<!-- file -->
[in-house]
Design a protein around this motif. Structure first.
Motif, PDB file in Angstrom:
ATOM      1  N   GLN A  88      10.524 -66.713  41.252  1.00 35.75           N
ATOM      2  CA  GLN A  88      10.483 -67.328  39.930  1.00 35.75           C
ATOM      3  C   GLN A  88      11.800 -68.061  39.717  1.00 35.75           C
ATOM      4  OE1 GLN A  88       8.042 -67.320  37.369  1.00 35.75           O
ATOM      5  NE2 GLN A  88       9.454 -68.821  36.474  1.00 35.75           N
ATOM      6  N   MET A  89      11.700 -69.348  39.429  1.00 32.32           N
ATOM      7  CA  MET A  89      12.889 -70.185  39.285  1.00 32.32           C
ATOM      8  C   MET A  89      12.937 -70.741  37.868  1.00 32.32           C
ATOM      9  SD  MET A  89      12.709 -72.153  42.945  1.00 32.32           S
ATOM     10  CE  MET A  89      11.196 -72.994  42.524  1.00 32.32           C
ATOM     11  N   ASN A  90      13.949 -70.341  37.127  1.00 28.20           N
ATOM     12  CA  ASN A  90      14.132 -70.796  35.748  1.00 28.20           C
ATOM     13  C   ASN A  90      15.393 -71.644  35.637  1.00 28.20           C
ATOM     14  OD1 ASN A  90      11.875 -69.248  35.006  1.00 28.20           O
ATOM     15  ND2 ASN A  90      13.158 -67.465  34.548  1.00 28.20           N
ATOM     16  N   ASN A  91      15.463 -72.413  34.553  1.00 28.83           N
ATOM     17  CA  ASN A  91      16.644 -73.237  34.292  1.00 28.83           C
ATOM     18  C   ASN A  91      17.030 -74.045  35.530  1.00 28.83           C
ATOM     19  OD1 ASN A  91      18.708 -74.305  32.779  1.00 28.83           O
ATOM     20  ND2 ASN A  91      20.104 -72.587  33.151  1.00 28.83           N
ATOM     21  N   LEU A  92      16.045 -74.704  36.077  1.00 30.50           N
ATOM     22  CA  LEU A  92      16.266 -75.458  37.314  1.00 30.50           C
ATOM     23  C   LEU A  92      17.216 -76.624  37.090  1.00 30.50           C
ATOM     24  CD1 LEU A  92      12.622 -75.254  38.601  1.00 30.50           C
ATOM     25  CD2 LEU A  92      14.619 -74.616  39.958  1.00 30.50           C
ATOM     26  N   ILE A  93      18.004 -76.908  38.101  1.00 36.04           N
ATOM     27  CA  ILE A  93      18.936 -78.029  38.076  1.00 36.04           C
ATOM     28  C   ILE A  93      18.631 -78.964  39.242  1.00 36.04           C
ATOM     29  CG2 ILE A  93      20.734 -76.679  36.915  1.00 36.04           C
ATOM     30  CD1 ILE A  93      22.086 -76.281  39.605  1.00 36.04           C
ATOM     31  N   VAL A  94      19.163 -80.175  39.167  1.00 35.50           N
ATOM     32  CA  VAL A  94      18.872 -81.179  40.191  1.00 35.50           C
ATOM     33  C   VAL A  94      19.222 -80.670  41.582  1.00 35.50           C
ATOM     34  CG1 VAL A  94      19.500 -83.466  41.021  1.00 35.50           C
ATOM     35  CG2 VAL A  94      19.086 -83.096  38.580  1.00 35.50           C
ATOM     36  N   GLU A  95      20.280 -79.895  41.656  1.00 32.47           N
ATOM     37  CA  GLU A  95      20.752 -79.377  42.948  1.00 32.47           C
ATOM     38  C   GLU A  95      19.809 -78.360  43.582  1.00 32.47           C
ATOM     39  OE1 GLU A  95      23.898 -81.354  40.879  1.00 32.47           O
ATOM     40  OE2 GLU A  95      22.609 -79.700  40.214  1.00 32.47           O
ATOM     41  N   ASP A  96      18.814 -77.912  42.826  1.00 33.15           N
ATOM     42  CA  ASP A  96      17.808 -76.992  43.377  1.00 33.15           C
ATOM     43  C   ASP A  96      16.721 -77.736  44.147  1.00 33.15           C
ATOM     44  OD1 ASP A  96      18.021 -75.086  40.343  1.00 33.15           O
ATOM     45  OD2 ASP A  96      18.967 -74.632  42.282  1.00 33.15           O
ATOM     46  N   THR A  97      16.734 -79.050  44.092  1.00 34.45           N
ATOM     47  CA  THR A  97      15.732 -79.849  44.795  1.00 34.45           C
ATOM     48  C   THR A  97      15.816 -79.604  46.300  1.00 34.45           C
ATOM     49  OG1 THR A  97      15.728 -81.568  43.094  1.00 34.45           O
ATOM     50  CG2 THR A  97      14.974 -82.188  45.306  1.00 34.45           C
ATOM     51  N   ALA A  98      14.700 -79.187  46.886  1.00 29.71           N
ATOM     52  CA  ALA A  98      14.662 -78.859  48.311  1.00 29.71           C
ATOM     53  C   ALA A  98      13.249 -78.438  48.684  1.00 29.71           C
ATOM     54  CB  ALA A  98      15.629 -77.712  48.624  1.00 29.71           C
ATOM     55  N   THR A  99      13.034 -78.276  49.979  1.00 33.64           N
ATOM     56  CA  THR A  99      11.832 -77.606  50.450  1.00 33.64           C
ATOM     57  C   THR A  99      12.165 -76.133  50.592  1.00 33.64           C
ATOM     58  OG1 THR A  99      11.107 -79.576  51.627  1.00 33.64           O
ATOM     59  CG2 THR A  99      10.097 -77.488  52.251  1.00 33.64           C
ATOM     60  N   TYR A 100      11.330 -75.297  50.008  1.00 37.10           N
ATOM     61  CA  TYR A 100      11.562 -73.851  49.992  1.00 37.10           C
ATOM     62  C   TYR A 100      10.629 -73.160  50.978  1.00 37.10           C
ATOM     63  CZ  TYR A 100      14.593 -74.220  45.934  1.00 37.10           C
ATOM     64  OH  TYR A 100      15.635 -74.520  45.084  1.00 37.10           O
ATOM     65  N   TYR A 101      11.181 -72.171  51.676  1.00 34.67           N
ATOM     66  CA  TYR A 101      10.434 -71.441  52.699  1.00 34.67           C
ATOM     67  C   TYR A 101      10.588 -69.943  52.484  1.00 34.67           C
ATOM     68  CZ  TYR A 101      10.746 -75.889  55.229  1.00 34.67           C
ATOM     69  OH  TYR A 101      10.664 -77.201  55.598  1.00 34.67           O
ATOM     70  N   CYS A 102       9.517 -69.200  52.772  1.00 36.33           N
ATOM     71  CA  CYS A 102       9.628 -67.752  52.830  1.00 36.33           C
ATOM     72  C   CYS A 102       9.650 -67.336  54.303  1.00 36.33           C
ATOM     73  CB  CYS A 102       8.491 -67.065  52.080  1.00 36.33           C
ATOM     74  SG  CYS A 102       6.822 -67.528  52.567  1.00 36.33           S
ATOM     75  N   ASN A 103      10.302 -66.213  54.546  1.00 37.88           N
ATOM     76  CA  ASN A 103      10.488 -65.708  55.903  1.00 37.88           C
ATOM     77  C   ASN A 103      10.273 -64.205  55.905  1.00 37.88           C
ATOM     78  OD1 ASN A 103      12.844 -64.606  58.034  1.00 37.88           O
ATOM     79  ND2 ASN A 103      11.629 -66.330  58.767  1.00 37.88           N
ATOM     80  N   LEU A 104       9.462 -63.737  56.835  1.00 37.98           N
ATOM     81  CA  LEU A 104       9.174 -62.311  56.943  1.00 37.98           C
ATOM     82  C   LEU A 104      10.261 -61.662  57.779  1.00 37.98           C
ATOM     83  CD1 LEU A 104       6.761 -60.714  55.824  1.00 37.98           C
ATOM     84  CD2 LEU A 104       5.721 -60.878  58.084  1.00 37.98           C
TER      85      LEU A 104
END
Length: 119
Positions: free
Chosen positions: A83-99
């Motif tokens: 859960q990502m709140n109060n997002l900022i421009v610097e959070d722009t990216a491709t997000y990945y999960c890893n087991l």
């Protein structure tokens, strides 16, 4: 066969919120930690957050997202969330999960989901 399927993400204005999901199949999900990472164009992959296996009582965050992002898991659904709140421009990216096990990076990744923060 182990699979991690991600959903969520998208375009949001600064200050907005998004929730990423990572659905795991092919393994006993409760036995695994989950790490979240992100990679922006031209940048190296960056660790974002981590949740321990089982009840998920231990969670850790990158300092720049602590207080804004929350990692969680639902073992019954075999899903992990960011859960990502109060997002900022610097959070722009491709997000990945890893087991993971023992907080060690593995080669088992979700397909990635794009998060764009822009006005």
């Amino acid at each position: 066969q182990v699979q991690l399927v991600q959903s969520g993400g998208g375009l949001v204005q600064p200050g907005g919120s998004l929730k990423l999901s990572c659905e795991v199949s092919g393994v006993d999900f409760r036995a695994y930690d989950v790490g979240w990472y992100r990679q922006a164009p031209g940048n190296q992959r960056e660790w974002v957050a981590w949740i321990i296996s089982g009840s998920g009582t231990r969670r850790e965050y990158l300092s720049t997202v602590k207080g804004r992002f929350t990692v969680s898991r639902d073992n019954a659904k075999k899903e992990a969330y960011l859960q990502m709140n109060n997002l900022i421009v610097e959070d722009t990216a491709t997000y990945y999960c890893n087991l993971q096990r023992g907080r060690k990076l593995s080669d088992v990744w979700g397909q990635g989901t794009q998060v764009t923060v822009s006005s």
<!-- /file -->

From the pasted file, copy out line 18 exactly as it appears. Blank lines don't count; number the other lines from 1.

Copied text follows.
ATOM     15  ND2 ASN A  90      13.158 -67.465  34.548  1.00 28.20           N